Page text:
next day, members and rushees celebrated everyone's birthday. The rushees were given gifts and the chapter took more pledges . Next was big-little sister week . The little sisters got presents , and at the end of the week, there was a special ceremony. Lisa Hamilton

East Stroudsburg University

A rush of memories The Gamma Rho Chapter is off to a great semester. Fall rush was successful, thanks to Ginger Lutz and Nicole Murphy, rush chairmen. The theme , "A Stroll Down Memory Lane ," was acted out by Ginger and Gina Dickinson, rP alumna . The sisters, while skimming through an Al:A scrapbook, described the special moments and happy memories of sorority membership. This was followed by a humorous skit that showed rushees Alpha Sig spirit during Greek Week , homecoming and the dance marathon . The induction of the fall pledge class was held on Oct. 5. Members are already planning for another great rush next spring . Gamma Rho is also contributing to the university athletic department during football games by greeting visitors , distributing programs, ushering fans and cleaning up. Tracey Burich and Stacey Simmers are coordinating the efforts of the 16 members involved. Kelly Comerford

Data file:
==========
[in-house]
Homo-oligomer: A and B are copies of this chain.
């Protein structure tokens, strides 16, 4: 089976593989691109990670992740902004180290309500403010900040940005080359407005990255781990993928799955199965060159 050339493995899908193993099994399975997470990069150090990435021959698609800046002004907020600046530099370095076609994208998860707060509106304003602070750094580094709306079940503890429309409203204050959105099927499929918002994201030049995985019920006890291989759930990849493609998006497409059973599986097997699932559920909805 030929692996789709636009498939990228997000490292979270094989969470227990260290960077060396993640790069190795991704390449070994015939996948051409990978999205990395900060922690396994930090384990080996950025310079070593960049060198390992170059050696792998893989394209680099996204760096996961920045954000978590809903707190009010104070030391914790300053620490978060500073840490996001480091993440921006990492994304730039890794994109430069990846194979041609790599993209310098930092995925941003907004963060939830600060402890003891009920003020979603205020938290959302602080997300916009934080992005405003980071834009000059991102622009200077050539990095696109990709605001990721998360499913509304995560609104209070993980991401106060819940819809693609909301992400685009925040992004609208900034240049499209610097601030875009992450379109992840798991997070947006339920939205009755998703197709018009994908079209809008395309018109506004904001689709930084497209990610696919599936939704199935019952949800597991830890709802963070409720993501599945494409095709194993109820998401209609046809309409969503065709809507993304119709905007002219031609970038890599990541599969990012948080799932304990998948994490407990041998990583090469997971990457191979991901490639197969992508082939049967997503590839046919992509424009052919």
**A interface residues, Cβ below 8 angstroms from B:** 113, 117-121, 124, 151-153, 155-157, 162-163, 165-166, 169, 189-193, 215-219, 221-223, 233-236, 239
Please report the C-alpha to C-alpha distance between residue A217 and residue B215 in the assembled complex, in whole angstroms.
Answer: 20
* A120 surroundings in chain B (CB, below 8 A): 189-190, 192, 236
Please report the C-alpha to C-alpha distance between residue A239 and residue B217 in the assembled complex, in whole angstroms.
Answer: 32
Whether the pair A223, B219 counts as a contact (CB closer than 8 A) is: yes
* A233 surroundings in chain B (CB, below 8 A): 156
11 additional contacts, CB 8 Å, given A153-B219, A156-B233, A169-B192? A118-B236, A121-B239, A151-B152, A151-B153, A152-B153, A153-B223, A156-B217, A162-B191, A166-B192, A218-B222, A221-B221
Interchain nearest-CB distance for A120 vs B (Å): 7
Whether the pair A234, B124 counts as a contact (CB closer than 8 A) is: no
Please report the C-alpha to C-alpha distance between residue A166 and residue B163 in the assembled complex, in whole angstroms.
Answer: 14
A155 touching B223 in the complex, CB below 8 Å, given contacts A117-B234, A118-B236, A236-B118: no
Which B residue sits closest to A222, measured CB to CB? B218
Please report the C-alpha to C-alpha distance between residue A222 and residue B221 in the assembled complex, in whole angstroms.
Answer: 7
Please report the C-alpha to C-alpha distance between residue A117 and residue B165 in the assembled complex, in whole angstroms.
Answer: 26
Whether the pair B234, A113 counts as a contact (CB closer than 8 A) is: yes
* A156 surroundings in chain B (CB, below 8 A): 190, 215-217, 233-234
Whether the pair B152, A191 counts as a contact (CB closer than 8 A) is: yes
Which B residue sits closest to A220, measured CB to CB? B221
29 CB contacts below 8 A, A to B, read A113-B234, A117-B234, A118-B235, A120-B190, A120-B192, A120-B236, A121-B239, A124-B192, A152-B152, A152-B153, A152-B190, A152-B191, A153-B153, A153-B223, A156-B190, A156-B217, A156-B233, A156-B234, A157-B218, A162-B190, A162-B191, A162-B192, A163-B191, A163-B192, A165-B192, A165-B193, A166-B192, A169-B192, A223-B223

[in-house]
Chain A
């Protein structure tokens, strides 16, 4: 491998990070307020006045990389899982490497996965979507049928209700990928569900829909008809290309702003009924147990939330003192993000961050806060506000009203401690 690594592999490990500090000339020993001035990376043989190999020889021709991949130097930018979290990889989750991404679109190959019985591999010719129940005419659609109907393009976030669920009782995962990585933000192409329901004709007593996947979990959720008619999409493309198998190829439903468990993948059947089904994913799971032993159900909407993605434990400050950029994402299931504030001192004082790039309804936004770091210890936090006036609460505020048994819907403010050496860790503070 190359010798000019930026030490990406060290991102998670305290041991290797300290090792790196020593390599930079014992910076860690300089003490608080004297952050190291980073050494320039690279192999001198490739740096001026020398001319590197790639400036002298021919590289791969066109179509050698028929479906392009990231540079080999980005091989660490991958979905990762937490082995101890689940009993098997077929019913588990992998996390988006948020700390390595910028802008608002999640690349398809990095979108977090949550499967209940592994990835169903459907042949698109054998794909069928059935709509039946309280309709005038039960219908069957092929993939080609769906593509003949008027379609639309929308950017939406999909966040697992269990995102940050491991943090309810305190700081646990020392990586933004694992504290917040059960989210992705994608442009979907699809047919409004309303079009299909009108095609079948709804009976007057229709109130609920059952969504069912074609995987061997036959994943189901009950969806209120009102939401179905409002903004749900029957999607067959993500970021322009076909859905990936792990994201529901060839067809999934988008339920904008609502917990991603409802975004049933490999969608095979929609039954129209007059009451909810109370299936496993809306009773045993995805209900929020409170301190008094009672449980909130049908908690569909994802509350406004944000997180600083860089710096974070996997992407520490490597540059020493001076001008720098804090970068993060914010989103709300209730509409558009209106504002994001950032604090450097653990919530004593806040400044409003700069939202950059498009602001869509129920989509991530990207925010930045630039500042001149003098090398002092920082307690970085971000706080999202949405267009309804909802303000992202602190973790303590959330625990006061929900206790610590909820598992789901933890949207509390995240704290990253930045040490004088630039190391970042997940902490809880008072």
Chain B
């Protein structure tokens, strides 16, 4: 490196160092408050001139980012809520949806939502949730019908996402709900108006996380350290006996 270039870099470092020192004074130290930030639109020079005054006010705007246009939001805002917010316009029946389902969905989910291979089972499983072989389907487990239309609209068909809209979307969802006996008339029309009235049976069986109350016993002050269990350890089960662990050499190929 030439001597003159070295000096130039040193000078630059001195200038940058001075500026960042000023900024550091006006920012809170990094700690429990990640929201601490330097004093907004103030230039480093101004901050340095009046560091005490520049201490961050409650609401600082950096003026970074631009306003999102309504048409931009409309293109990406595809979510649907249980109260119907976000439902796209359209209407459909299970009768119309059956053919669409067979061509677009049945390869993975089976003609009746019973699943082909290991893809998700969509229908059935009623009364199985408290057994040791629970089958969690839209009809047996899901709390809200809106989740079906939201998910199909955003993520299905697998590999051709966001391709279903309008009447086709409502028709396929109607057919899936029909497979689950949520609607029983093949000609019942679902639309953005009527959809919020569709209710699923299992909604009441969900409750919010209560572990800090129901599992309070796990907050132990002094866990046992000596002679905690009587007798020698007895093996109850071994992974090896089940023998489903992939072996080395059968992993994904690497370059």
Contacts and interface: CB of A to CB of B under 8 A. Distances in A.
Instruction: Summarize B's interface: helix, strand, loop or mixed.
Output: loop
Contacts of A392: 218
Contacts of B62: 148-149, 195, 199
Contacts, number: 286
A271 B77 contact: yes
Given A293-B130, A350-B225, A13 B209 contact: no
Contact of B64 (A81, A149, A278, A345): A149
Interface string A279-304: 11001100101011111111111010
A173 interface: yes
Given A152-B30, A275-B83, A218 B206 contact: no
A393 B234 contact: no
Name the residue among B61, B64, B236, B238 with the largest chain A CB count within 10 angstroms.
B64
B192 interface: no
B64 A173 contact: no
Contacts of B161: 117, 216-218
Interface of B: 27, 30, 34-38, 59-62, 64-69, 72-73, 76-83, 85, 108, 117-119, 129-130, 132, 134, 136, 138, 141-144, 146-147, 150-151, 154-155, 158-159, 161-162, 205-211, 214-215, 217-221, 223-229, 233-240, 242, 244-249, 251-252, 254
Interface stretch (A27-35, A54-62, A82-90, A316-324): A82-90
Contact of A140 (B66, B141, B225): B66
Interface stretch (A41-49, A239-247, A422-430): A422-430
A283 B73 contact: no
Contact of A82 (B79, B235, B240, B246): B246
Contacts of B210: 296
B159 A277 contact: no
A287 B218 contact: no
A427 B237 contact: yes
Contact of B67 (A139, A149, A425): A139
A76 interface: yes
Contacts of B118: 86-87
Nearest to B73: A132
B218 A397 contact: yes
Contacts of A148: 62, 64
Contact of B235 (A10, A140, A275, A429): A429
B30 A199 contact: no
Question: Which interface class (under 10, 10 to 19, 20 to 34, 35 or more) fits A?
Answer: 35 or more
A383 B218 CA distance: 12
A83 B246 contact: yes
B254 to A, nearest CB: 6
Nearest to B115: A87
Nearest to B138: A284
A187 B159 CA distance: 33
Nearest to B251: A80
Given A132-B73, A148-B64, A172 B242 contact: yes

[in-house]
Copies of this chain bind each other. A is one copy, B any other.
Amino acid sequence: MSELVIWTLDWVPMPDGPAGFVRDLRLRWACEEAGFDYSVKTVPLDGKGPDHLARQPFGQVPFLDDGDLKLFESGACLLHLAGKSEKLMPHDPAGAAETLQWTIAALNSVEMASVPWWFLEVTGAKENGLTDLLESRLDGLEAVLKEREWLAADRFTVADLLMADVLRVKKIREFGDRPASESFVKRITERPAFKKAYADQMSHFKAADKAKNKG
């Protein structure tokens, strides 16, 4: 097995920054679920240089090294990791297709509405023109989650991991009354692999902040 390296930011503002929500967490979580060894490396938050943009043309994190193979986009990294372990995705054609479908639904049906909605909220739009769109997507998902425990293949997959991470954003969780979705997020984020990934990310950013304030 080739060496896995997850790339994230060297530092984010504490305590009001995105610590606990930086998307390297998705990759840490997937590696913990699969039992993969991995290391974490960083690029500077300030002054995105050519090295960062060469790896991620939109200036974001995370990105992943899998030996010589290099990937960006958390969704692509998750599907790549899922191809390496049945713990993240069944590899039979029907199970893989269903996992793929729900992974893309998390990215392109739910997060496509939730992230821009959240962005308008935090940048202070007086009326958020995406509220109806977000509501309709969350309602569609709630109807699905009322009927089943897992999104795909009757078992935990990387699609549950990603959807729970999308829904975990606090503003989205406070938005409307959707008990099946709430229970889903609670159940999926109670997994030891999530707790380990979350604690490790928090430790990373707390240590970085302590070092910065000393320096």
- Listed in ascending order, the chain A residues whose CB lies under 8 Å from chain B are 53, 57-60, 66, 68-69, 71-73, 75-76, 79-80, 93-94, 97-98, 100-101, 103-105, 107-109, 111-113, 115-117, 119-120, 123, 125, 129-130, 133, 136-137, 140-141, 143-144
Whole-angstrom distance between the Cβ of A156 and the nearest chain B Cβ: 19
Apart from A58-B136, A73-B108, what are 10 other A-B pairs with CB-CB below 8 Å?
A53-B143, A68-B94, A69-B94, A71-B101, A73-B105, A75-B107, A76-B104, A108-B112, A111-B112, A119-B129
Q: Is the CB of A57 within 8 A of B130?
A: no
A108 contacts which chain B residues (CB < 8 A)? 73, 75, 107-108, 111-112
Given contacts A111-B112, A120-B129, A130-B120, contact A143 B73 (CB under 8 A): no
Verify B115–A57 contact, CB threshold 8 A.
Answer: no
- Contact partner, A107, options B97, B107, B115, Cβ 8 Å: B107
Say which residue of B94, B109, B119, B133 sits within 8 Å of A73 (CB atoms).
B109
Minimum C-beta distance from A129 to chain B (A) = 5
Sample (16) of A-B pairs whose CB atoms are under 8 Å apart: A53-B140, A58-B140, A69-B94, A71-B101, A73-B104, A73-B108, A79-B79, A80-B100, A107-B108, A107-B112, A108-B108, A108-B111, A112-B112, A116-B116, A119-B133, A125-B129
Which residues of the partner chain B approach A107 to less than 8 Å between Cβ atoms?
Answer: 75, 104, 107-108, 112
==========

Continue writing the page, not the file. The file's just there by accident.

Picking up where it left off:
Wanda Kulbeth

Concord College

Clarion University

Rush party at the beach

Pledges greeted with a song

The Beta Pi Chapter started off its fall rush with a beach party. Decorations were shells, palm trees and grass skirts . Members were attired in jams, tanks and sunglasses. Members also brought sorority memorabilia to show the rushees. As party favors, rushees were allowed to keep glasses with sorority letters . Robin Morris 16


The Gamma Omicron Chapter picked up its fall pledge class by singing and decorating doors of the pledges. Afterward there was a ribboning ceremony and celebration where everyone got to know each other and members put on sorority skits. At an open rush birthday party the